USD Coin (USDC) will be launching on six new blockchains following the expansion of the strategic partnership between Coinbase and Circle. American cryptocurrency exchange Coinbase has acquired a minority stake in Circle, the popular USDC stablecoin issuer. According to Coinbase, the move is a part of its effort to expand its support for stablecoin.
Circle Takes Full Responsibility For USDC Issuance
Coinbase and Circle have agreed to dissolve their Centre Consortium partnerships, the jointly managed self-governance collaboration that brought about USDC. Consequently, Circle will assume total control of USDC issuance and governance.Still both entities will maintain their commercial relationship.
“The new structure will streamline the operations and governance, and enhance the direct accountability of Circle as the issuer, including holding all the smart contract keys, complying with regulations on governance of reserves and enabling USDC on new blockchains,” the jointly published blog post stated.
Regulatory Concerns Challenge Stablecoin Ecosystem
The expansion into new blockchains is expected between September and October. Once it is achieved, it will increase the total number of blockchains supporting USDC to 15. Markedly, this will help bring USDC to more businesses especially for those applications and developer communities that prefer USDC as the onchain dollar.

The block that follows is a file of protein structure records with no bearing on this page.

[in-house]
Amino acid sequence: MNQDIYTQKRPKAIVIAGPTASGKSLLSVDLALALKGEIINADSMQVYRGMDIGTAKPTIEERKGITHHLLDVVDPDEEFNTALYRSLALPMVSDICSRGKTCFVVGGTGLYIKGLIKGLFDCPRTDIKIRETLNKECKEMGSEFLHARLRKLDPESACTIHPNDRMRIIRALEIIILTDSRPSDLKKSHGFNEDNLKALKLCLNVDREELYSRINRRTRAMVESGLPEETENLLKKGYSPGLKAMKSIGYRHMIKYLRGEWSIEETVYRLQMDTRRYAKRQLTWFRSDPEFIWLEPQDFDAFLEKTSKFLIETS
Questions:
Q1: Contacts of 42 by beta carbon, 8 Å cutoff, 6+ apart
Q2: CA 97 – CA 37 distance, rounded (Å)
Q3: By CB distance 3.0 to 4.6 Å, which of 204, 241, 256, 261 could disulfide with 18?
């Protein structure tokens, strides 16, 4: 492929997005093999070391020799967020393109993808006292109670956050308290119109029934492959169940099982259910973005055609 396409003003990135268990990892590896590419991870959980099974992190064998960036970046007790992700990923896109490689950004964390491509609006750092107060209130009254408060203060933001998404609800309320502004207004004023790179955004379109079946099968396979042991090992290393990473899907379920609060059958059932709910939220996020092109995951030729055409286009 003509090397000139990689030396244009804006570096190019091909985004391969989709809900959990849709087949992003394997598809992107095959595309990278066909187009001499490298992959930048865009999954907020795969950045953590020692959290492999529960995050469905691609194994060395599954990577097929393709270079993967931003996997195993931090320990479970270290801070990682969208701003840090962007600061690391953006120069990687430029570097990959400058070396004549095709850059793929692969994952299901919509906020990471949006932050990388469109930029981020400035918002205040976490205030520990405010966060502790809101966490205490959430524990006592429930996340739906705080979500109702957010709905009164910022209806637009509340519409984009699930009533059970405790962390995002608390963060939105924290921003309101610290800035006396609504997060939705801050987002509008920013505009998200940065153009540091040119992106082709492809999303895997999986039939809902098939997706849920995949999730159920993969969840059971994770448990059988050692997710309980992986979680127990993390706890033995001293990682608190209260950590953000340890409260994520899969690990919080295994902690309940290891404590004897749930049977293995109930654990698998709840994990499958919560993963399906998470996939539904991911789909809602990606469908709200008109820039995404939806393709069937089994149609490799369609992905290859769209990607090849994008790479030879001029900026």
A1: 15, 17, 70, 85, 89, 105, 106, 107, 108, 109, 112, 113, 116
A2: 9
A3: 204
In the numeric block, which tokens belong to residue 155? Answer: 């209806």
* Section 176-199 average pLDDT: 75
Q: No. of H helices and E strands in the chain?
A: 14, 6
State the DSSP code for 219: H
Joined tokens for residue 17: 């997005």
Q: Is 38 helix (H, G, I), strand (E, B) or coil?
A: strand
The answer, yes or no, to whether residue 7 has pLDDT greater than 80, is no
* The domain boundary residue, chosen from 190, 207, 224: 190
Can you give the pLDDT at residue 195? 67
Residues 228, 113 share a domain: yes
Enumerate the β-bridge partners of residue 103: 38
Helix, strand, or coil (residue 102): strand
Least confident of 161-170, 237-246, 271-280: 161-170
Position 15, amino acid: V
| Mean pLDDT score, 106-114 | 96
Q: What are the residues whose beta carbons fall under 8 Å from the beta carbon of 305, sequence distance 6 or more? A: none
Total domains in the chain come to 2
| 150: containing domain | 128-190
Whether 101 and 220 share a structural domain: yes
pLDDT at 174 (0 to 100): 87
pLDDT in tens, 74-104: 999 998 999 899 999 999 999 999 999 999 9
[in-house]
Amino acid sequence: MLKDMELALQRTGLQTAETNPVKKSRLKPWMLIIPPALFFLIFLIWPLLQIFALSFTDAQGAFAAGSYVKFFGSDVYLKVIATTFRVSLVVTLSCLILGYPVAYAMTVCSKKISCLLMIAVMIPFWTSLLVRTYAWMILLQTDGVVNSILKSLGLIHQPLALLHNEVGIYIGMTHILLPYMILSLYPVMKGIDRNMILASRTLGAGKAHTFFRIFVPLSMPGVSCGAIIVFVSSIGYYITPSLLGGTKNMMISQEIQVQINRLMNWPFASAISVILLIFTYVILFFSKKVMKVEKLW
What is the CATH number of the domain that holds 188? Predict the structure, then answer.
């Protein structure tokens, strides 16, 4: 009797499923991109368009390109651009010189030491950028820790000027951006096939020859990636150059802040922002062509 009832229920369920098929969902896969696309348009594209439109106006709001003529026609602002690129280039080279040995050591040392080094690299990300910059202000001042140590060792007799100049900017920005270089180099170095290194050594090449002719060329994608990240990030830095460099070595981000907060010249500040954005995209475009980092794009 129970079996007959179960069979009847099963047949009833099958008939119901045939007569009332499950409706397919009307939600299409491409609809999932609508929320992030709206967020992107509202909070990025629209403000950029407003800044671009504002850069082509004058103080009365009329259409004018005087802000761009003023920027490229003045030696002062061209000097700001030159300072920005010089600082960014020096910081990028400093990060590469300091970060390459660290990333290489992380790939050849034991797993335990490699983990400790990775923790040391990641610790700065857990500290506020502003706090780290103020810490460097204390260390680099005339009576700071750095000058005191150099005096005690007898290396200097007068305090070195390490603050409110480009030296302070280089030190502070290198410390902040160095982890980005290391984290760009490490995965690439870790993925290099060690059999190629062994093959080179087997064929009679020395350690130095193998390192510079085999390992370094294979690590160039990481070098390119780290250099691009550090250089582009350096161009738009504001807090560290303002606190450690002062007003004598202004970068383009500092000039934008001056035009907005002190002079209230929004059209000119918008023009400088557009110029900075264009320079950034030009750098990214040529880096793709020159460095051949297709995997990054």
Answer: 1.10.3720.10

The decision to nullify the Consortium was tied to the United States raging regulatory challenges and a lack of clarity in the sector globally. Last year, Andrew Bragg, Australia Liberal senator proposed a bill to crack down on stablecoin as well as some other kinds of digital assets claiming that the parliament must drive law reform. The bill was dubbed Digital Assets (Market Regulation) Bill 2022.
U.S Federal Reserve Seek Control Over Stablecoin Issuance
In the U.S., authorities are still trying to figure out how to implement and adopt the crypto asset. Jerome Powell, the chairman of the Federal Reserve is pushing for the central bank to have a significant role in the issuance of stablecoins.
Speaking to the House Financial Services Committee in June, he opined that it would be quite appropriate for the U.S. central bank to have a robust federal role in what happens in the stablecoin ecosystem going forward. He believes that a lack of control over stablecoins leaves the government with a weak role and “allowing a lot of private money creation at the state level would be a mistake.”